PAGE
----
The way this story goes, is that somewhere along the lines of three months ago, while in the middle of an interview with a prospective student, I had a very strange, very sudden realization. The interview was going perfectly normally – some lively discussion, questions being asked and answered, and interests being expressed. There was nothing particularly out of the ordinary, nothing that felt unnatural. Not, at least, until I got a question from this particular student which I had never had an interviewee ask before. It wasn’t that odd of a question. In fact, I had been asked this question countless other times by so many different people it’s difficult to keep perfect track of where, when, and why I had been posed this particular set of words.
“So what are you planning on doing with your English degree?” the high school student asked me earnestly, “once you graduate, I mean.”
My answers to this question had ranged drastically throughout the last four years. I want to go to law school. I want to teach. Now I want to go to law school again. Now I’m horrendously undecided. But this time, the answer rolled off of my tongue with a degree of certainty which was nothing short of astonishing.
“This,” I replied easily, gesturing at myself, at the office we were sitting in, a sweeping motion which encompassed the entirety of not just my attire – classy and professional, though I say so myself – and our conversation, but the Office of Admission as a whole. “I want to go into Admissions as a career field.”
It was like everything just sort of fell into place, not with an audible click, as that would be horrendously clichéd, but with a seamless, miraculous whisper of clarity.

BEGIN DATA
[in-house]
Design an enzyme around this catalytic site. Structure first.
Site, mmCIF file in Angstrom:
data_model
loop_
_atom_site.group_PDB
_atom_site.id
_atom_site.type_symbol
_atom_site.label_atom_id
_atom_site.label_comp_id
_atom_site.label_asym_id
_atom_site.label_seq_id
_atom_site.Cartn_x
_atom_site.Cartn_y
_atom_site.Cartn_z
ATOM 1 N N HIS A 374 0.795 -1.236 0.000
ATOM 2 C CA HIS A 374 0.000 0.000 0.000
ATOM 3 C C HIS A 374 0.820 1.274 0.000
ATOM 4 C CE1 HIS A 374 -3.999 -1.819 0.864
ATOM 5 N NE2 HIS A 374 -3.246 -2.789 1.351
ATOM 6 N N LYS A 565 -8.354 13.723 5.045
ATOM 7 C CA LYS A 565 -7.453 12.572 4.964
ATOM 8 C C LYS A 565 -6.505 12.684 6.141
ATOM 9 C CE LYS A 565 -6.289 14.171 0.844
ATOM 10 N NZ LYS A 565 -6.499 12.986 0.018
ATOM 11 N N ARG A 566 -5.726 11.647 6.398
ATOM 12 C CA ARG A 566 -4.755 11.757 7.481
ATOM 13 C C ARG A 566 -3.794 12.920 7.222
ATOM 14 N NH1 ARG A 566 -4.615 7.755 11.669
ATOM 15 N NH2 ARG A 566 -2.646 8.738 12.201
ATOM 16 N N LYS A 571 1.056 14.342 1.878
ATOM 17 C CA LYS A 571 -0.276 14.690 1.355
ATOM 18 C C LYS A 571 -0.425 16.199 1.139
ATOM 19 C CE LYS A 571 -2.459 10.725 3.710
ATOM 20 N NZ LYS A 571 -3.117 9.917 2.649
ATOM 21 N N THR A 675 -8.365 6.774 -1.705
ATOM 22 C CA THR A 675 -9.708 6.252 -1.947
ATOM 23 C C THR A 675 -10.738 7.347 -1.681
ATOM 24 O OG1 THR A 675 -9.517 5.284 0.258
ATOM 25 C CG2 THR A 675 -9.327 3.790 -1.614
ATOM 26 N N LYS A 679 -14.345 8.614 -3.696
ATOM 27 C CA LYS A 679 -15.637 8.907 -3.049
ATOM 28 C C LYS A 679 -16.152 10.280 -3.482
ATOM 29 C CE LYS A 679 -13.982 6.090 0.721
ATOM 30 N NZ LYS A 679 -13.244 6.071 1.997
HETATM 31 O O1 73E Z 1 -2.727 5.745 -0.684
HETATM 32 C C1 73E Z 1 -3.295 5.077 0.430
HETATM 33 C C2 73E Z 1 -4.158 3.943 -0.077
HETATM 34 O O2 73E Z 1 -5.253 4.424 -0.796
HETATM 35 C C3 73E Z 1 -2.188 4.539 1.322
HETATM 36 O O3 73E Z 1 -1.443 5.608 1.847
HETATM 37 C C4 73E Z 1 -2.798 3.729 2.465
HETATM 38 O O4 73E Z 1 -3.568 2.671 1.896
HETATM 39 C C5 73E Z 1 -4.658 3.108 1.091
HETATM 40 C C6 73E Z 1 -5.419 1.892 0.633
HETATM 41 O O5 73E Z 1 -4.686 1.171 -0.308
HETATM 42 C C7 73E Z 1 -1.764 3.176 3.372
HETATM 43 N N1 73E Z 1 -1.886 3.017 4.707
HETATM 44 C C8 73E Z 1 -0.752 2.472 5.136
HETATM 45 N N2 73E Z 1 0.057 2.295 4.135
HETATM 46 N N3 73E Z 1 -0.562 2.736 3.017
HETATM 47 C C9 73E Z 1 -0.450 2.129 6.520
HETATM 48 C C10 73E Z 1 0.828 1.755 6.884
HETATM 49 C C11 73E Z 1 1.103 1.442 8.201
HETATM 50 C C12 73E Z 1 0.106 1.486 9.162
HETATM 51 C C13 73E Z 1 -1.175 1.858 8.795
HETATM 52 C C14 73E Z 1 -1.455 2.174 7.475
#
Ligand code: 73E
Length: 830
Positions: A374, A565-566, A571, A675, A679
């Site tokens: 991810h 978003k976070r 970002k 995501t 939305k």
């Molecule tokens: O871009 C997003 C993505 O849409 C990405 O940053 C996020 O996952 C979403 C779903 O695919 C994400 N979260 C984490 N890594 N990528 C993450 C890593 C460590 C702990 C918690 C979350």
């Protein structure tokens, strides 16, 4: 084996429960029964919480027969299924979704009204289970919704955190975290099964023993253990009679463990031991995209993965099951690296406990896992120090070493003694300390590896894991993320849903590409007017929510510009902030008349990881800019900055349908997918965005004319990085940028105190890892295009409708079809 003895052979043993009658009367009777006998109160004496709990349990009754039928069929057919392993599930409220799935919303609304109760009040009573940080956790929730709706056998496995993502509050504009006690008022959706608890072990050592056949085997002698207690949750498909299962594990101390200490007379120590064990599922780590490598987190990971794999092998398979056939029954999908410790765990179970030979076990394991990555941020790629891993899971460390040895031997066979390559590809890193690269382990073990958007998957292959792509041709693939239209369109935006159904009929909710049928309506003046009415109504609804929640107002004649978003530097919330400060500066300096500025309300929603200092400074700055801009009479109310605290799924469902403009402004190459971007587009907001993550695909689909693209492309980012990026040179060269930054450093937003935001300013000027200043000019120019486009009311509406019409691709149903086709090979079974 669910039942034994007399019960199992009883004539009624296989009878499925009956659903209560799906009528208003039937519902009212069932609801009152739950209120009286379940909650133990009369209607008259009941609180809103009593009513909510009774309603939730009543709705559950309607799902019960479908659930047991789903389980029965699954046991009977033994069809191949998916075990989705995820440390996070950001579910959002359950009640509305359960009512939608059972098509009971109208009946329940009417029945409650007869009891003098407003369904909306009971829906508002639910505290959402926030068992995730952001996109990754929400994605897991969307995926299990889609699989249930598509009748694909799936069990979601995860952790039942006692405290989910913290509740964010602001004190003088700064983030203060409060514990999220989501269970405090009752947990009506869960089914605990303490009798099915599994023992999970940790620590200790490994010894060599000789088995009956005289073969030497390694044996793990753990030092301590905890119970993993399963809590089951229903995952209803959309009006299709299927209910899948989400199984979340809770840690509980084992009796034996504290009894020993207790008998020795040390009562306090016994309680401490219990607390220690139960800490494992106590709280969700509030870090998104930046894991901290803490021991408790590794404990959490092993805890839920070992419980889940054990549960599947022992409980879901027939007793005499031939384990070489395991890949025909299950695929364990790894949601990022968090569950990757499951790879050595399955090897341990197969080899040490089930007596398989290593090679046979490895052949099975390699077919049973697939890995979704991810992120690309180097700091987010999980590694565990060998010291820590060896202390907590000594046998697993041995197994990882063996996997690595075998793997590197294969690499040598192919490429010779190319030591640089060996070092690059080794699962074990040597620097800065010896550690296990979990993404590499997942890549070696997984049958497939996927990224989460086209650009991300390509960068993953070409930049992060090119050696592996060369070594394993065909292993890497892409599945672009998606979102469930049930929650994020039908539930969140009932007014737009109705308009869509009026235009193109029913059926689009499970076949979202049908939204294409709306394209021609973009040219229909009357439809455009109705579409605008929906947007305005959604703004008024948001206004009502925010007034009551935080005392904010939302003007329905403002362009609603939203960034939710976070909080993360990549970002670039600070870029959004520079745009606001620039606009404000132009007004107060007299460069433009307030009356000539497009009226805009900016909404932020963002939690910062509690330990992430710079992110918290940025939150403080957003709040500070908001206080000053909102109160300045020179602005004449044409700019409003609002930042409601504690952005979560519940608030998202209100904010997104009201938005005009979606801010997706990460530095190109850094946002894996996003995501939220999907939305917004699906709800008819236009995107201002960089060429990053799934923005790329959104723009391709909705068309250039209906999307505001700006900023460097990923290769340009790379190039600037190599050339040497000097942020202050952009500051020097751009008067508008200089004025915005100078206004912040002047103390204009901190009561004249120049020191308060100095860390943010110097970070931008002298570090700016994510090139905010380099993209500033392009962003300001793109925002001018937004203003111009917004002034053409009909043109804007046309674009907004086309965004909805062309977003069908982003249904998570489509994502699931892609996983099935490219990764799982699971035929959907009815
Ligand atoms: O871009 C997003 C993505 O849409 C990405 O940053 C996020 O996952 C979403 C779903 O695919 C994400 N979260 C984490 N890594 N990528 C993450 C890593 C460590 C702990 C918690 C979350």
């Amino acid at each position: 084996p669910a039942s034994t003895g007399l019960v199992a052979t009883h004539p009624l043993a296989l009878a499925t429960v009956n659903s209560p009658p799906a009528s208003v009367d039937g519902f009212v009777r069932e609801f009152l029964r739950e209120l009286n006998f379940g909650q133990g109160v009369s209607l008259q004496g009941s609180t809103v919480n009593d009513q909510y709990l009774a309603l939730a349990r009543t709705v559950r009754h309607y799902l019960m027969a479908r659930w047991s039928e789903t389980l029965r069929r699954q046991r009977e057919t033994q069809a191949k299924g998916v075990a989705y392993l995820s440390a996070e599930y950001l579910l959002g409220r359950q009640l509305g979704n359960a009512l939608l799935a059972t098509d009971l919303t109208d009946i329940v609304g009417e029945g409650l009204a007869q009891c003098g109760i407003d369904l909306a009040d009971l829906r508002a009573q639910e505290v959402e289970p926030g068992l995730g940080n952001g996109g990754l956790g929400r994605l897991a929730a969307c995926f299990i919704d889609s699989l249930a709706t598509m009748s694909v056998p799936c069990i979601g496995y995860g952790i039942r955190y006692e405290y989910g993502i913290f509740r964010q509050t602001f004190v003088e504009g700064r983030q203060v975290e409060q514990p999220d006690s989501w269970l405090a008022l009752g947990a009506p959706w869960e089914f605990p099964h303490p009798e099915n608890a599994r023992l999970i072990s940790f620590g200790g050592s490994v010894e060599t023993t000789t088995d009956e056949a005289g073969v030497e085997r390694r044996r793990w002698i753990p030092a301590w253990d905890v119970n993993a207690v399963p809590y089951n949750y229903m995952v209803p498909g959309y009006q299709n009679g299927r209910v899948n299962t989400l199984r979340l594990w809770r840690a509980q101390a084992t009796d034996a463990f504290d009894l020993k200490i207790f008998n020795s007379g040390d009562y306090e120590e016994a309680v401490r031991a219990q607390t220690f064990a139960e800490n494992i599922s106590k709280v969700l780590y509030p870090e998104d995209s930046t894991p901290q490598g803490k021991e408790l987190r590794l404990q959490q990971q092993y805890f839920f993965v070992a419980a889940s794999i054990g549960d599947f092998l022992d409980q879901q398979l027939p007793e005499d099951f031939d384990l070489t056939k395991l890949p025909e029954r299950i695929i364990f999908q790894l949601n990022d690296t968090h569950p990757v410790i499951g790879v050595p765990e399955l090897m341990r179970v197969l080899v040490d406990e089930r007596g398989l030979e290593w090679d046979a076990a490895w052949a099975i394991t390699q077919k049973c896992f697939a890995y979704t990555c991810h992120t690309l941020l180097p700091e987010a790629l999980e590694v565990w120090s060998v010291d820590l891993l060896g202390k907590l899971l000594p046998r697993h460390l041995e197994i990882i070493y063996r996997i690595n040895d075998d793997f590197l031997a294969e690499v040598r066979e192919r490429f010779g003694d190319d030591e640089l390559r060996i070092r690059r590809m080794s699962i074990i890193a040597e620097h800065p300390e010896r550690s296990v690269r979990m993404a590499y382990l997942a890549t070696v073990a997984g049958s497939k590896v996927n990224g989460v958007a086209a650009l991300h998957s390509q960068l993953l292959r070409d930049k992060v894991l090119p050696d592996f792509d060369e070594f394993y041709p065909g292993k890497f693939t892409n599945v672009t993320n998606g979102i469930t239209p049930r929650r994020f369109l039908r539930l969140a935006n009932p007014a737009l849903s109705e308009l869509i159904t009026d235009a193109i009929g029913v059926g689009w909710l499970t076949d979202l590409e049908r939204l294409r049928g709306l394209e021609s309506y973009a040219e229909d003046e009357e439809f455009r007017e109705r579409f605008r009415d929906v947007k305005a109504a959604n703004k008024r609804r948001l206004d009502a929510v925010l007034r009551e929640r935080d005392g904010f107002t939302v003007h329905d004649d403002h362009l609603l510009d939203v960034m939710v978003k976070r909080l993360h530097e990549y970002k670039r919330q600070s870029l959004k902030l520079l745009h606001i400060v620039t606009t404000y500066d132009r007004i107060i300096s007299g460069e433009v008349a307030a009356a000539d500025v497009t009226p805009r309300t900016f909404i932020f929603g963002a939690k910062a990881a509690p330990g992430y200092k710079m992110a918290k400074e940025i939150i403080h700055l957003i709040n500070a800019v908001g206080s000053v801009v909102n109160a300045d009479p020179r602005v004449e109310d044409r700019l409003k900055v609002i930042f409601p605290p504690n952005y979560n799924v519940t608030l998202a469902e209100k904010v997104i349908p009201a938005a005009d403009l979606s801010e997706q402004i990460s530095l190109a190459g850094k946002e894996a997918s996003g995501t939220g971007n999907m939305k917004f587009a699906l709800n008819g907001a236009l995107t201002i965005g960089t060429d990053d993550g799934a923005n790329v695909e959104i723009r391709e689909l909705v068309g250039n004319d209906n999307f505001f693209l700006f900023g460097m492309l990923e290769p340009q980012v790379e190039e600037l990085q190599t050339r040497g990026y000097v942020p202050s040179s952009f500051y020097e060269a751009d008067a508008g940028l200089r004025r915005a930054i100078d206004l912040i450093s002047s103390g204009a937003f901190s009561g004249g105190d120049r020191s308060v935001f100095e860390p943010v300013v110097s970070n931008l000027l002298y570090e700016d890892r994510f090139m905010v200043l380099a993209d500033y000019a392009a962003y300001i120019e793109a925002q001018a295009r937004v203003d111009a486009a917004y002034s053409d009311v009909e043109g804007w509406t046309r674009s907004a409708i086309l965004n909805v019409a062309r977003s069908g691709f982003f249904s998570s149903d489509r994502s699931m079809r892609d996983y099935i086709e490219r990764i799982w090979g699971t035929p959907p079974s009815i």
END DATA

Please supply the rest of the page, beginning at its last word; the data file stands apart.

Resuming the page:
“Wow,” I thought to myself, not letting on my sudden burst of excitement and frenzied clarity. “For the first time in since coming to college, I actually know what I want to do.”
After that interview was over, I took time to sit down and really think through my views, the perspectives and experiences that had led me to this sudden realization. Once I had ascertained that yes, this was in fact something that I could not only enjoy doing, but something that I truly wanted to do, something that I was good at, I realized exactly how amazing the path that had led me to that decision was. It was a long one which started around five years ago, when I was a Junior in high school receiving my first college tour. A spark ignited there which led to a little bursting flame when I applied to be a tour guide my Sophomore year at Whitman. That ember blossomed into an actual passion once I was chosen to be one of Whitman College’s Senior Admission Interns, a passion which stemmed, I realized, from the simple joy of doing something that I felt was useful. I wanted to give back to other people that same amazing experience I had received at my very first visit to the college, an experience without which I may have simply passed Whitman by, missing the myriad opportunities to grow and expand which Whitman had allowed me.
I don’t pretend that I now have absolutely everything figured out – the matter of actually finding a job once I graduate is still frighteningly open ended – but I do realize that without my Whitman experience, I might have an incredibly different outlook on the years after college, if I even had an outlook at all by this stage in the game. It’s crazy thinking how the simple choice to come to Whitman has allowed me to go from having minor inklings of passion to possessing actual knowledge and conviction. That’s the gift which Whitman has bestowed upon me, and it’s the gift which I hope it has bestowed upon many of my fellow students, my classmates and friends.
So while it’s still strange to think that I’ll be graduating in a couple months, that for the first time in my life I’ll be working in the “real world” and no longer a student, I feel – and this is still a foreign feeling for me – like I’m ready for it.
Which, when you come right down to it, is a really crazy realization to have.